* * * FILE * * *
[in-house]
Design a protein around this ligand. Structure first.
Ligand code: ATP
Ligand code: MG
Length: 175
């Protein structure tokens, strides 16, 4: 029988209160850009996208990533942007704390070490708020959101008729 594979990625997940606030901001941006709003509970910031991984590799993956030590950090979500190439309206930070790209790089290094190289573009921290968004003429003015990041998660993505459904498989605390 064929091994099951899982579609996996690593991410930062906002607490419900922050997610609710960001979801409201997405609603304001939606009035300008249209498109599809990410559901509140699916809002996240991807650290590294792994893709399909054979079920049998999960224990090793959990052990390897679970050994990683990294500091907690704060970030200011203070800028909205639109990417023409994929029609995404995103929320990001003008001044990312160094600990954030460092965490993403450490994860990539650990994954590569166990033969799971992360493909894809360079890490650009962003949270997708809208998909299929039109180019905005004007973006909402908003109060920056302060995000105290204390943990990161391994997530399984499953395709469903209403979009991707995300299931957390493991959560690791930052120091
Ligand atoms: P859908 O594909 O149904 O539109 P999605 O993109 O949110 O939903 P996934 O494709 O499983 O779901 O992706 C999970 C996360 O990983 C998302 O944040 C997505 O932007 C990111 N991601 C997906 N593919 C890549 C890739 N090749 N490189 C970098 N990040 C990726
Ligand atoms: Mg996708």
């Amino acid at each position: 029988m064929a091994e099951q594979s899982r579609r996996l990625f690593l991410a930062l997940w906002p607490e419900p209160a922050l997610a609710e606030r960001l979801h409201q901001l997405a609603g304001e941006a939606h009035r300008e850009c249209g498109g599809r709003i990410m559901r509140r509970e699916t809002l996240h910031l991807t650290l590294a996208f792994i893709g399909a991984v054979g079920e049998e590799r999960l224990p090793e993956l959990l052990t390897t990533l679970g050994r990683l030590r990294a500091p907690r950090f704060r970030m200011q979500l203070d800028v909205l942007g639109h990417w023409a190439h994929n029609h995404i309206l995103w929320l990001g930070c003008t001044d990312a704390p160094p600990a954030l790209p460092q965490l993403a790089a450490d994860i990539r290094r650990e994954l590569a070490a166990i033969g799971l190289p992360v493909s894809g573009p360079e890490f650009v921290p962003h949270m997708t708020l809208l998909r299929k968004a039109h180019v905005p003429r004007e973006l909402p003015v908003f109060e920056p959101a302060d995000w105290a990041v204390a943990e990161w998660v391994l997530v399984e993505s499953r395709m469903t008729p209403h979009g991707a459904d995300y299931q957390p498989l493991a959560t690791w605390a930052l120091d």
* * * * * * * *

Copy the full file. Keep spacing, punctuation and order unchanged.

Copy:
[in-house]
Design a protein around this ligand. Structure first.
Ligand code: ATP
Ligand code: MG
Length: 175
């Protein structure tokens, strides 16, 4: 029988209160850009996208990533942007704390070490708020959101008729 594979990625997940606030901001941006709003509970910031991984590799993956030590950090979500190439309206930070790209790089290094190289573009921290968004003429003015990041998660993505459904498989605390 064929091994099951899982579609996996690593991410930062906002607490419900922050997610609710960001979801409201997405609603304001939606009035300008249209498109599809990410559901509140699916809002996240991807650290590294792994893709399909054979079920049998999960224990090793959990052990390897679970050994990683990294500091907690704060970030200011203070800028909205639109990417023409994929029609995404995103929320990001003008001044990312160094600990954030460092965490993403450490994860990539650990994954590569166990033969799971992360493909894809360079890490650009962003949270997708809208998909299929039109180019905005004007973006909402908003109060920056302060995000105290204390943990990161391994997530399984499953395709469903209403979009991707995300299931957390493991959560690791930052120091
Ligand atoms: P859908 O594909 O149904 O539109 P999605 O993109 O949110 O939903 P996934 O494709 O499983 O779901 O992706 C999970 C996360 O990983 C998302 O944040 C997505 O932007 C990111 N991601 C997906 N593919 C890549 C890739 N090749 N490189 C970098 N990040 C990726
Ligand atoms: Mg996708």
């Amino acid at each position: 029988m064929a091994e099951q594979s899982r579609r996996l990625f690593l991410a930062l997940w906002p607490e419900p209160a922050l997610a609710e606030r960001l979801h409201q901001l997405a609603g304001e941006a939606h009035r300008e850009c249209g498109g599809r709003i990410m559901r509140r509970e699916t809002l996240h910031l991807t650290l590294a996208f792994i893709g399909a991984v054979g079920e049998e590799r999960l224990p090793e993956l959990l052990t390897t990533l679970g050994r990683l030590r990294a500091p907690r950090f704060r970030m200011q979500l203070d800028v909205l942007g639109h990417w023409a190439h994929n029609h995404i309206l995103w929320l990001g930070c003008t001044d990312a704390p160094p600990a954030l790209p460092q965490l993403a790089a450490d994860i990539r290094r650990e994954l590569a070490a166990i033969g799971l190289p992360v493909s894809g573009p360079e890490f650009v921290p962003h949270m997708t708020l809208l998909r299929k968004a039109h180019v905005p003429r004007e973006l909402p003015v908003f109060e920056p959101a302060d995000w105290a990041v204390a943990e990161w998660v391994l997530v399984e993505s499953r395709m469903t008729p209403h979009g991707a459904d995300y299931q957390p498989l493991a959560t690791w605390a930052l120091d």